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Book Reviews: Travel


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Vanilla Beans & Brodo: Real Life in the Hills of Tuscany by Isabella DusiBook Cover of Vanilla Beans & Brodo:  Real Life in the Hills of Tuscany by Isabella Dusi

Read by Tracy in January 2009

Tracy recommends if you are inspired to try something different with your life

Yep another book about a couple who are on holidays, find the perfect house and become so besotted with it they sell up their home (in this case Australia) and move there. That is a pretty gutsy move, most people would try it out first. This book is different, Isobel and her husband Lou (who later becomes Luigi) want to be accepted and fit into their community through a shared passion for wine, cuisine and football. They become heavily involved into the Italian community which is full of rivalry with neighbouring villages and therefore full of drama. They pick the beautiful sounding Montalcino and I have to say her descriptions just won me over.

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The Carpet Wars by Christopher KremmerBook Cover of The Carpet Wars by Christopher Kremmer

Read by Tracy in 2009

Tracy recommends for those who become obsessed

Who hasn't become obsessed by a range of trinkets - I went through a buddha statue stage. Christopher Kremmer becomes obsessed with finding the perfect carpet which sees him travel from Kabul to Baghdad. Again Kremmer uses evocative descriptions (as per Inhaling the Mahatma) of the countries he visits, which are ones that are rarely on the tourist trail. Inbetween his journalistic exploits Kremmer is able to track down some beautiful stories about the carpets he sees. This shared passion enables him to communicate as an equal amongst other people who are also passionate about the history of these carpets. I know last time I went to India I started to look at the carpets in a different way and became interested in the tribality and history of them. This book could easily have become a travelogue, ignoring the underlying stories of those that had gone to extraordinary lengths to secretly transport carpets and rugs to ensure they were saved.

Read the reviews for Bamboo Palace and Inhaling the Mahatma.

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Lonely Planet Unpacked by Tony Wheeler and other Lonely Planet authorsBook Cover of Lonely Planet Unpacked by Tony Wheeler and other Lonely Planet authors

Read by Tracy in 2009

Tracy recommends for a fun look at other travellers tragedies

I must admit I love these kinds of books, enjoying and even relishing other people's misery - weird I know. I travel a lot and only hope that none of these stories are ever on my list of memories and anecdotes. I particularly enjoyed the stories on Borneo and India - I can really imagine them happening. I like the fact that they are written by travel writers who obviously take a lot for granted but when the unexpected is thrown up, they are able to describe in detail all the sounds, smells and feelings providing an evocative taste of the unimaginable.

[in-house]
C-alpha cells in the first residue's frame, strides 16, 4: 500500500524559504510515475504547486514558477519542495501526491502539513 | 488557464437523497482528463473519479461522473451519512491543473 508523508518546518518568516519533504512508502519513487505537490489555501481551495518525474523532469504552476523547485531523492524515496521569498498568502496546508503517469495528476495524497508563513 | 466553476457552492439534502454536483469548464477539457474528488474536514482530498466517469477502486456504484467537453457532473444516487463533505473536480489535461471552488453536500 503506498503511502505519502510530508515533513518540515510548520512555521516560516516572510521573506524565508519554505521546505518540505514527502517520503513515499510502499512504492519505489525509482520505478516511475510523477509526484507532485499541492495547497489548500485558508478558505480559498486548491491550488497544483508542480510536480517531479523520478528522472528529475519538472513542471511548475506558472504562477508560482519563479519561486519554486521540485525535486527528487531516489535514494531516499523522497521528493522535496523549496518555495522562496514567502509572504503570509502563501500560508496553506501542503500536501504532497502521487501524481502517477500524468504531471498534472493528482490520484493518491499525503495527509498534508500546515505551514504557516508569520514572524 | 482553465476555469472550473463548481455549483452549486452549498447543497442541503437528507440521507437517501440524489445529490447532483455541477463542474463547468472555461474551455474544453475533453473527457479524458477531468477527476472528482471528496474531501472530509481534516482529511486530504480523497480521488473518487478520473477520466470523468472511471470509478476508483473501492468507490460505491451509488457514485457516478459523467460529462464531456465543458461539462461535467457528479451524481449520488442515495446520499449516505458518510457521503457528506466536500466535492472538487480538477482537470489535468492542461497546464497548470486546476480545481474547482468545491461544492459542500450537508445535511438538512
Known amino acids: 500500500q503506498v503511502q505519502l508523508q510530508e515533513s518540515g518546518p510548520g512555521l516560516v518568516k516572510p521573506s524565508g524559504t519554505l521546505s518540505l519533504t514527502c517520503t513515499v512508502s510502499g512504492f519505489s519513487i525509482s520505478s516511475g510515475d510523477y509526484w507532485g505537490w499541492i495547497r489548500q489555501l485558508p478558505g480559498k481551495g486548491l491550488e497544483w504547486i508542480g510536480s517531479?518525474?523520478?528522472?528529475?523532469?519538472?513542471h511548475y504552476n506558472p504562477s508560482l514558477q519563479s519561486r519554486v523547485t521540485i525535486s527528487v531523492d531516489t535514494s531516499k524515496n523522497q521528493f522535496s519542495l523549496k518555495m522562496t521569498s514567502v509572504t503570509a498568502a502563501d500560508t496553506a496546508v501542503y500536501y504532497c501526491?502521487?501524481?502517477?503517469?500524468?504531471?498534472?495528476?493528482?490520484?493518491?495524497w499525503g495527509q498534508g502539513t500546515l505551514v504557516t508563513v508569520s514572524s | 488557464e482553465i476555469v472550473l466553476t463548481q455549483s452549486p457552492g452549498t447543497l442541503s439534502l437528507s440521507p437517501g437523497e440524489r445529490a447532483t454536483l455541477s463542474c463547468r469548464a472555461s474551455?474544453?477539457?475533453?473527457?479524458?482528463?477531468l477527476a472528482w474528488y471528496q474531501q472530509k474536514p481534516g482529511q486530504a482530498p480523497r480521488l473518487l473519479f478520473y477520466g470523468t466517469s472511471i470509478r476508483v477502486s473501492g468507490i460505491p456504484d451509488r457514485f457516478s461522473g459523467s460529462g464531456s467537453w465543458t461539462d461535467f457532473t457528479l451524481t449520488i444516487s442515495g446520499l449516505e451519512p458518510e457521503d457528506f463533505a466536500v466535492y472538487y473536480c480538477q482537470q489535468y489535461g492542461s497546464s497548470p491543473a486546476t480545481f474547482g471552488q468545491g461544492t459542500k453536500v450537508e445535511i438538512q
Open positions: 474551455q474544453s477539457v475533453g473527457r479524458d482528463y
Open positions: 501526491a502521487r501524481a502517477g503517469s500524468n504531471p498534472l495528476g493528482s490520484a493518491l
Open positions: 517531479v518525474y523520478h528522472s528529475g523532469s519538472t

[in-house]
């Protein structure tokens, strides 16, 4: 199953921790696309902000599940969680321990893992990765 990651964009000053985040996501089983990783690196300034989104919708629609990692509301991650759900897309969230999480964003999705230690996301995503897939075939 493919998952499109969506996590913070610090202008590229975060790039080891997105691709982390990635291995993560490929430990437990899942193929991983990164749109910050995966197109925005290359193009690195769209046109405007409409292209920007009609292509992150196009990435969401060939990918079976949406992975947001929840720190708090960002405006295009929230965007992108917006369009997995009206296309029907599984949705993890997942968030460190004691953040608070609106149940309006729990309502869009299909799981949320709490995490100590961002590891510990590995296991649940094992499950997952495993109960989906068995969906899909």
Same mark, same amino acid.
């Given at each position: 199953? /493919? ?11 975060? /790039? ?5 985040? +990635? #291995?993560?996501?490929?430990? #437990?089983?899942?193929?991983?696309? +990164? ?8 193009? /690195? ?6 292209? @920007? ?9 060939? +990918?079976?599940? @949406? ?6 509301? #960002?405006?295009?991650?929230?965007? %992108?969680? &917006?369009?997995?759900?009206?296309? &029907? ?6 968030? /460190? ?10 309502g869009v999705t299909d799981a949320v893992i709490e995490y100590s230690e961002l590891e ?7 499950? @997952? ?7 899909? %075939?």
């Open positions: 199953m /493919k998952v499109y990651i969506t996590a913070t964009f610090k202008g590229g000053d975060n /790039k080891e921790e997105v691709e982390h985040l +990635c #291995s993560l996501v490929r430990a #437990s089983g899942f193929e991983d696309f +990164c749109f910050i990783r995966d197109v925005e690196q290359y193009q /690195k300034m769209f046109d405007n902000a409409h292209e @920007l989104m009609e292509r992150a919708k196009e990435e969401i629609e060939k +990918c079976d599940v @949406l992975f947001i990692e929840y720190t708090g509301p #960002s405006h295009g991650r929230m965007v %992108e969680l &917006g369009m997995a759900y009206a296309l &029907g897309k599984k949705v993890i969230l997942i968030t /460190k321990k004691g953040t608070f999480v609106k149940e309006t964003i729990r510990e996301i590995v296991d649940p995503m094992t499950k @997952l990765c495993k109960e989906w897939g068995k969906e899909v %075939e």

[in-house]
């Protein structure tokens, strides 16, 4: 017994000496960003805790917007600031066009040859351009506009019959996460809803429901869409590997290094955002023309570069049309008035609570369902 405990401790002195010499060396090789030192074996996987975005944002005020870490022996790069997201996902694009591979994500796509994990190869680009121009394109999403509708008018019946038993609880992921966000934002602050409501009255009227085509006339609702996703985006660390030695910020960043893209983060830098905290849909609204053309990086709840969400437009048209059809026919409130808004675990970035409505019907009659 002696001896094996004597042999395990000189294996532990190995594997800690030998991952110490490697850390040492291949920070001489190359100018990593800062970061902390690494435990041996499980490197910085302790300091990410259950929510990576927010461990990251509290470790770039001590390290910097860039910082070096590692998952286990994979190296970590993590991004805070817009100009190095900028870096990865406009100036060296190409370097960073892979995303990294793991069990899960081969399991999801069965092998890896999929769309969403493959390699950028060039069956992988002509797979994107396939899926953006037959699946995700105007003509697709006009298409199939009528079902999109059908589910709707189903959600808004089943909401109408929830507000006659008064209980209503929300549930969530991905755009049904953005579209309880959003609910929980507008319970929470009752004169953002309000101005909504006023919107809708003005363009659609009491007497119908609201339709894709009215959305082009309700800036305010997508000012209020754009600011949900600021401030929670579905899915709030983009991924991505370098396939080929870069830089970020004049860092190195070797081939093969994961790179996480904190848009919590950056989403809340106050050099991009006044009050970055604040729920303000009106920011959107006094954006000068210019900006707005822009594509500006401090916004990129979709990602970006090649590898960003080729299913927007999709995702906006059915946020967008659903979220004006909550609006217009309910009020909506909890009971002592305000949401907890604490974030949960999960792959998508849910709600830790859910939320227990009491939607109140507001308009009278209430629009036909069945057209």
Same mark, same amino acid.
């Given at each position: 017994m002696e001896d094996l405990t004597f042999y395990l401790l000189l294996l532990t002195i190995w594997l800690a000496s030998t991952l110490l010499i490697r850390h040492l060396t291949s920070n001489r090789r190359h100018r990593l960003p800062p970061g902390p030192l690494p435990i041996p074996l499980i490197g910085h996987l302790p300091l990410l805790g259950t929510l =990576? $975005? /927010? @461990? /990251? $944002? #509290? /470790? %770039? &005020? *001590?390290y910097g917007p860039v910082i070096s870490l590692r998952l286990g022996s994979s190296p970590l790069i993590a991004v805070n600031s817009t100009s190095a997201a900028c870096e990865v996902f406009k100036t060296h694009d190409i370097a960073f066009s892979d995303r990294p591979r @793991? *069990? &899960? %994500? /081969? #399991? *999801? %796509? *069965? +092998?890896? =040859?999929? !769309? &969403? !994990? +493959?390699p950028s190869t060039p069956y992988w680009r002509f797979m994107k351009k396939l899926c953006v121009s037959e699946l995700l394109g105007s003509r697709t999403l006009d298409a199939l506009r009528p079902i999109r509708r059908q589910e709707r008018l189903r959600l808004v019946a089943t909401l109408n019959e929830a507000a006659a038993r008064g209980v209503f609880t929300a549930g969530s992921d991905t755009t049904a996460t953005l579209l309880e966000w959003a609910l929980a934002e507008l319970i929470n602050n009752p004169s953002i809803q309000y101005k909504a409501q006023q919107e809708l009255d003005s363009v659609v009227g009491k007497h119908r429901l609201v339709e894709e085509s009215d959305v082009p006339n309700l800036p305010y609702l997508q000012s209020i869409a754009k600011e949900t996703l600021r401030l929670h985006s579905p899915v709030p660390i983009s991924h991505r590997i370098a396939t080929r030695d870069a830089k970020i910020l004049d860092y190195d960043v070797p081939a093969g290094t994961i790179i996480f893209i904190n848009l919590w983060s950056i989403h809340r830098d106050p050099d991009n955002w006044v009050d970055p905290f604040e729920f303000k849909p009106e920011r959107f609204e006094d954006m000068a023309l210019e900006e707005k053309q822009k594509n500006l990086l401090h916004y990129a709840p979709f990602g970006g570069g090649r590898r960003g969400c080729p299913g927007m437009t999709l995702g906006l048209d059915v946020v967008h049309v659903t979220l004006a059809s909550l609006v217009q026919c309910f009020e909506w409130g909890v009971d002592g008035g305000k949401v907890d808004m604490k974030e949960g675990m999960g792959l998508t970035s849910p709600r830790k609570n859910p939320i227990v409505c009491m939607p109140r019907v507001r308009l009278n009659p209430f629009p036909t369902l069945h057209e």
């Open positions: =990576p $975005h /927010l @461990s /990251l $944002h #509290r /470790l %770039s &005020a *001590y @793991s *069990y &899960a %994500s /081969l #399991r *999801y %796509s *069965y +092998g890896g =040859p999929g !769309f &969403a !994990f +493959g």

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Bamboo Palace by Christopher KremmerBook Cover of Bamboo Palace by Christopher Kremmer

Read by Tracy in 2009

Tracy recommends, but be warned you will want to visit Laos

Christopher Kremmer travels to Laos to uncover the Lost Dynasty. Twenty years previously Laos went through the Indochina wars which forever changed the structure of their political system. The country now seems to be weighed down in secrets and intrigue with the big question of what happened to the royal family who disappeared during the 1960's and 1970's. Laos is on my bucket list and I am so desparate to go there before it loses even more of its history. For me Kremmer has the knack of being able to combine politics, history and travel in such a way that I become absorbed into the country. He finds himself able to be meet and discuss the history of the country with those that lived through the changes. He is also persistent which keeps you guess and waiting for the next carrot to appear.

Read the reviews for Inhaling the Mahatma and The Carpet Wars.

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Lost in Transmission by Jonathan HarleyBook Cover of Lost in Transmission by Jonathan Harley

Read by Tracy in 2009

Tracy recommends as a great Indian travel adventure

I read every and any book about Indian life I can, so this book by Jonathan Harley was right up my street. Harley becomes the foreign correspondent for the ABC in South Asia - his dream job, or is it? It is not exactly the plush job he expected, instead he moves from war zone to war zone and is constantly trying to overcome fatigue when he is faced with the prospect of continually documenting the tragedies that unfold. Harley gives a frank account of the hardships that he faces in a world that changes rapidly (earthquakes, September 11, Taliban and Kashmir just to name a few). I have always had a romanticised vision of living in India, but sometimes the reality is so different that it is uncovers the rose-coloured glasses. Harley has confused emotions from harrowing, moving, funny and tragic, yet the region gets under his skin which does not help with his long-distance romance.

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